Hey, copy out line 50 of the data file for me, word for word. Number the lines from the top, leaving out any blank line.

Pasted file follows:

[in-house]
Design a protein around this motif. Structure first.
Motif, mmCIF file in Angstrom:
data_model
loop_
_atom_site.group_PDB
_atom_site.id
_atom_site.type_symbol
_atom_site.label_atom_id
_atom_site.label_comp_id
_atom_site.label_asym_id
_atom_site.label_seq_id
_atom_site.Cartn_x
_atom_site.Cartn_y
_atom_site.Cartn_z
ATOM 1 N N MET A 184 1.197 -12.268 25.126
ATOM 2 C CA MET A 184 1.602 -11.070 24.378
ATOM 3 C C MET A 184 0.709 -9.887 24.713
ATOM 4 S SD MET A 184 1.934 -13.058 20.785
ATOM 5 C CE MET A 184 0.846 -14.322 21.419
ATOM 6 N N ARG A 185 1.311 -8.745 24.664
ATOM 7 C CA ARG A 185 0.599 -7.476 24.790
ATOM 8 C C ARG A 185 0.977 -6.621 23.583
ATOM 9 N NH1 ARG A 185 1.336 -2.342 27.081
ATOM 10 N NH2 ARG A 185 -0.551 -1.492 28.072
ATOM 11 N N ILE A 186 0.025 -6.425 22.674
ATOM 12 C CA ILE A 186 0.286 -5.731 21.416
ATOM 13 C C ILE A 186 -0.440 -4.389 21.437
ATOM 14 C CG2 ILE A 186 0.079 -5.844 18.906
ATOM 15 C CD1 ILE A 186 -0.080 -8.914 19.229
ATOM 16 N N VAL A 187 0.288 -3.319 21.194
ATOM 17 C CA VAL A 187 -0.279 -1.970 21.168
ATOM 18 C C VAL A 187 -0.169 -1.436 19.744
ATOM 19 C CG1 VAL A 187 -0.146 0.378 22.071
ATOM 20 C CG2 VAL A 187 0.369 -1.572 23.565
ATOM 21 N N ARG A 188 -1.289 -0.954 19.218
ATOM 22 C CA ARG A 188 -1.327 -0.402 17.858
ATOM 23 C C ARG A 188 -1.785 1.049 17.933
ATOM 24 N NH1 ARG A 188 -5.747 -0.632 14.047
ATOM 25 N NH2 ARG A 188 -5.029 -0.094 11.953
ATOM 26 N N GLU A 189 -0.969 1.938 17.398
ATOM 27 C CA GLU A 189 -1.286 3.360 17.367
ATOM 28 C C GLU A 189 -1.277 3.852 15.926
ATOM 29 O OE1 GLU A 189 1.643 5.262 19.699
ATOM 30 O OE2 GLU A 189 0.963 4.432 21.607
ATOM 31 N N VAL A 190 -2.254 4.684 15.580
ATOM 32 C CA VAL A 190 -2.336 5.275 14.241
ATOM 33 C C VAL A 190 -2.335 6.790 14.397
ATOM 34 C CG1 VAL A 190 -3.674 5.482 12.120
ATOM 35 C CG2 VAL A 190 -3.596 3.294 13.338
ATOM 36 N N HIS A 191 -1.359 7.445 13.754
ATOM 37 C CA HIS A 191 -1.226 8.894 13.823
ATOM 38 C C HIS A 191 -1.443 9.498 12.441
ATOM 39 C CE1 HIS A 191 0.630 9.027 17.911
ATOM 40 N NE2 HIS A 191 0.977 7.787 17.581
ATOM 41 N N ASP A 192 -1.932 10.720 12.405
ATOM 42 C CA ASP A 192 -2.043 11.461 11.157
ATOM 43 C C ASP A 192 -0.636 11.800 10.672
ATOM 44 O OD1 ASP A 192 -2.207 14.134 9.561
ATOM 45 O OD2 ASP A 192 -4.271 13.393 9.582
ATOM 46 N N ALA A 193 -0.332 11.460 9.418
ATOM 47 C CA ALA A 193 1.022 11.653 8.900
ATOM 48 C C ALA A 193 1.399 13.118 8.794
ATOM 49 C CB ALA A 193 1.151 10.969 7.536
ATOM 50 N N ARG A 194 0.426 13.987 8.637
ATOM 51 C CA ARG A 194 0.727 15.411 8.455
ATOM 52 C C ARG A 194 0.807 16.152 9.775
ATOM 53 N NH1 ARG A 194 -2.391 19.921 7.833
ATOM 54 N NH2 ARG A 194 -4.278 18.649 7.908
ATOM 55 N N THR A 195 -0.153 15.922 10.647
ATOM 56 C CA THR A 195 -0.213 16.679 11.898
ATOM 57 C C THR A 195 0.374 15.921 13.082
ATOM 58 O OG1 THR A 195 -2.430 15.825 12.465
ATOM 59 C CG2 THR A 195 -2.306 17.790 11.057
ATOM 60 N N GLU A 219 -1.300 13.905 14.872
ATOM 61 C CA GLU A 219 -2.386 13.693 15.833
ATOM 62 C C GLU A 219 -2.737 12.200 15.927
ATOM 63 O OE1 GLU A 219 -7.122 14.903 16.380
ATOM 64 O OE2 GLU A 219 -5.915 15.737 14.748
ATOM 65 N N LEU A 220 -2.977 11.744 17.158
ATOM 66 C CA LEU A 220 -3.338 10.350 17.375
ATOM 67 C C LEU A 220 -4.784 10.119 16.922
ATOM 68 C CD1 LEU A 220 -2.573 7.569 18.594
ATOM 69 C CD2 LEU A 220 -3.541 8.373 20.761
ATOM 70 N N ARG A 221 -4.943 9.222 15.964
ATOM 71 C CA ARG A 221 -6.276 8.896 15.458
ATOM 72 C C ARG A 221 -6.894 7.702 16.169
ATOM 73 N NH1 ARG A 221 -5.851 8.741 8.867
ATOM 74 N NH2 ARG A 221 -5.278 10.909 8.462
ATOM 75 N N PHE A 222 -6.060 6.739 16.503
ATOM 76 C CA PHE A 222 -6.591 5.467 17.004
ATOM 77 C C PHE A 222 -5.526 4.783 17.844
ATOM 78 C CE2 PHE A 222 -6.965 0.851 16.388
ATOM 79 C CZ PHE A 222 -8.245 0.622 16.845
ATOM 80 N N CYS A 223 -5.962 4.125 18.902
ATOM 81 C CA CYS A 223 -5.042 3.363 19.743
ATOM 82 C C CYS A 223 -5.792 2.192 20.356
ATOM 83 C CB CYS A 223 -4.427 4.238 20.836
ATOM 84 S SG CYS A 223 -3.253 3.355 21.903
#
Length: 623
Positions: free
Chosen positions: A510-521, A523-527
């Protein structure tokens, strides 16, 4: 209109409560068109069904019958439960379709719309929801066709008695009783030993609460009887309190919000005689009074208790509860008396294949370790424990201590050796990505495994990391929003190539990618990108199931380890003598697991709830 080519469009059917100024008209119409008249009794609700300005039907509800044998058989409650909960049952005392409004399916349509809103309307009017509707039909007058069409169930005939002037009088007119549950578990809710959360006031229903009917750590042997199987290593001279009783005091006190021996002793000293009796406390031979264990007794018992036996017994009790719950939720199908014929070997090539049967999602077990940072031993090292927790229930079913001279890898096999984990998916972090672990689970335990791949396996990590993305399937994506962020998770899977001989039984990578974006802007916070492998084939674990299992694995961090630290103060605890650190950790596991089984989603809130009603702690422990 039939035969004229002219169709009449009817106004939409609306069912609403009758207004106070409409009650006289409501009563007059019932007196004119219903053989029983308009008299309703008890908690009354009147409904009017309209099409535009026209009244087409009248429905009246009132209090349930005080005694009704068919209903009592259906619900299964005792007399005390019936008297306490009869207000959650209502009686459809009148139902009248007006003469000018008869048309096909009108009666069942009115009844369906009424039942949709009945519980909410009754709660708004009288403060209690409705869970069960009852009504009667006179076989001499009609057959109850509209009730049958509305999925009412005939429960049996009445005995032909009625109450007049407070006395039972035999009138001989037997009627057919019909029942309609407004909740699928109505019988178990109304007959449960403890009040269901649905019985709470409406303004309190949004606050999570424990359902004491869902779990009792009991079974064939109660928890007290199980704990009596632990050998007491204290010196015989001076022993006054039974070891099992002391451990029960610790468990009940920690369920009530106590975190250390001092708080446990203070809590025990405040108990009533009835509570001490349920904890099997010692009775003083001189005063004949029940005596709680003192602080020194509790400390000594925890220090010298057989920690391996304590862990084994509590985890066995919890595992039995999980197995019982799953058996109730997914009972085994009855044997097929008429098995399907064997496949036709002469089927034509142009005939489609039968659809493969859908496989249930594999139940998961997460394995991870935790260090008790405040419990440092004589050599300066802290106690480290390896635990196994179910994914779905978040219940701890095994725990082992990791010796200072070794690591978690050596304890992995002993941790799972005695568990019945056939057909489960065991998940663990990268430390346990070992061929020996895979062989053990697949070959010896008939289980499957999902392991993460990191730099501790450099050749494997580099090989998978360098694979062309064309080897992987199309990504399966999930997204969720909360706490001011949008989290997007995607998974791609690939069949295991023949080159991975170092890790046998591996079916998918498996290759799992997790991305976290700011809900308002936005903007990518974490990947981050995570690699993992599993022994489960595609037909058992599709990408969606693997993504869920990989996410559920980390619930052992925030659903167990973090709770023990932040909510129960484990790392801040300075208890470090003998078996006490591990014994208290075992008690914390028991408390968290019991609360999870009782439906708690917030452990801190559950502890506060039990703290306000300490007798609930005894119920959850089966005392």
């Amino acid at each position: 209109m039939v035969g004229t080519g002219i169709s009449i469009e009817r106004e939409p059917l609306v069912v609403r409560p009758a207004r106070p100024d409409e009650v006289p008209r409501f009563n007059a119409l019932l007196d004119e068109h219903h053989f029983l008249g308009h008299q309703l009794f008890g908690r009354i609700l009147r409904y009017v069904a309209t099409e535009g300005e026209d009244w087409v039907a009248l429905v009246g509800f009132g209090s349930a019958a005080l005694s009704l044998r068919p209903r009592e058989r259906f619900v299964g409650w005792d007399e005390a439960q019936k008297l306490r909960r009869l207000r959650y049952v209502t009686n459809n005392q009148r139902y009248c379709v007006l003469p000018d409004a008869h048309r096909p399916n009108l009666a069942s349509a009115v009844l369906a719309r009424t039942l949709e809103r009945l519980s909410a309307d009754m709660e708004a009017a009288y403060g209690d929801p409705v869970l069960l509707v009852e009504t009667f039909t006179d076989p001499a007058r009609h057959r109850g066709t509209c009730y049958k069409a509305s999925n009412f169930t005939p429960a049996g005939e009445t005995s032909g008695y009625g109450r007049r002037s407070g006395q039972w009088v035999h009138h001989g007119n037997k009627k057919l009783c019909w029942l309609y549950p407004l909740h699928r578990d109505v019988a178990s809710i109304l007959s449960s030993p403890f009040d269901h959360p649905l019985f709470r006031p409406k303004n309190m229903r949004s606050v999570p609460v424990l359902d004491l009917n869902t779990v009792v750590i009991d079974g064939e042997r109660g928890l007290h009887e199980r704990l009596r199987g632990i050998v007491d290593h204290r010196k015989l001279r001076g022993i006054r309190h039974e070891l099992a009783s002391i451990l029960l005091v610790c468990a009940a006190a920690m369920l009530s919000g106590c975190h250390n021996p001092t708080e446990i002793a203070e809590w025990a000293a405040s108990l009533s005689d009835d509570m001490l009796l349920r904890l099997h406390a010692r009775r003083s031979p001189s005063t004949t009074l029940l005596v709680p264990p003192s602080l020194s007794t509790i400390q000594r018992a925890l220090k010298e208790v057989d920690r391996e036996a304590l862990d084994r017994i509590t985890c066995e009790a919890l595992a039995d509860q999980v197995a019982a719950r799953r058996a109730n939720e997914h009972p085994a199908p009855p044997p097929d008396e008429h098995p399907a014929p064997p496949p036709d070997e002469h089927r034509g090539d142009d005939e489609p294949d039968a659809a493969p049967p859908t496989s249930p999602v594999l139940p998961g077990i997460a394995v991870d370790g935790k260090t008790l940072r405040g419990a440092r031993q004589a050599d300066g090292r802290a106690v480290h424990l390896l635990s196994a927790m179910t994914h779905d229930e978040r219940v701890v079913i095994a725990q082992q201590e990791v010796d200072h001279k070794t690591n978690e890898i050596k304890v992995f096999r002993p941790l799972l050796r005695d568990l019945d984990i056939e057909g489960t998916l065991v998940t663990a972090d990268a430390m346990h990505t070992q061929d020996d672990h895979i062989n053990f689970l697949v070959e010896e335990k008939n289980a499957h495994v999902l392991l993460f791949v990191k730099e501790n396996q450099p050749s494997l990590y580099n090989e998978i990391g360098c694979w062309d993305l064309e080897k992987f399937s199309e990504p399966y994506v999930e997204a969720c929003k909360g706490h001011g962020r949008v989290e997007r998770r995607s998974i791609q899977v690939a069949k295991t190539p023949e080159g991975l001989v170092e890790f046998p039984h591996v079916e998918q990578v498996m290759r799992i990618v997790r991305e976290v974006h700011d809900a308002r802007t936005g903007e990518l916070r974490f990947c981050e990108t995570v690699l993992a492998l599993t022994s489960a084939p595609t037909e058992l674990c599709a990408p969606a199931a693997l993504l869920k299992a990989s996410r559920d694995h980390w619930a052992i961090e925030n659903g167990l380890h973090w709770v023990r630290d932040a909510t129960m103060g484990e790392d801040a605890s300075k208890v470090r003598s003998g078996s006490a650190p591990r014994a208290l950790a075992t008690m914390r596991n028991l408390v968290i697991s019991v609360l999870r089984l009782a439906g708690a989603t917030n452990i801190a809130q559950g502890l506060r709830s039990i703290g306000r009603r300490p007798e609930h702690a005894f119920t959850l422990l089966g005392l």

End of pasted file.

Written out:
ATOM 35 C CG2 VAL A 190 -3.596 3.294 13.338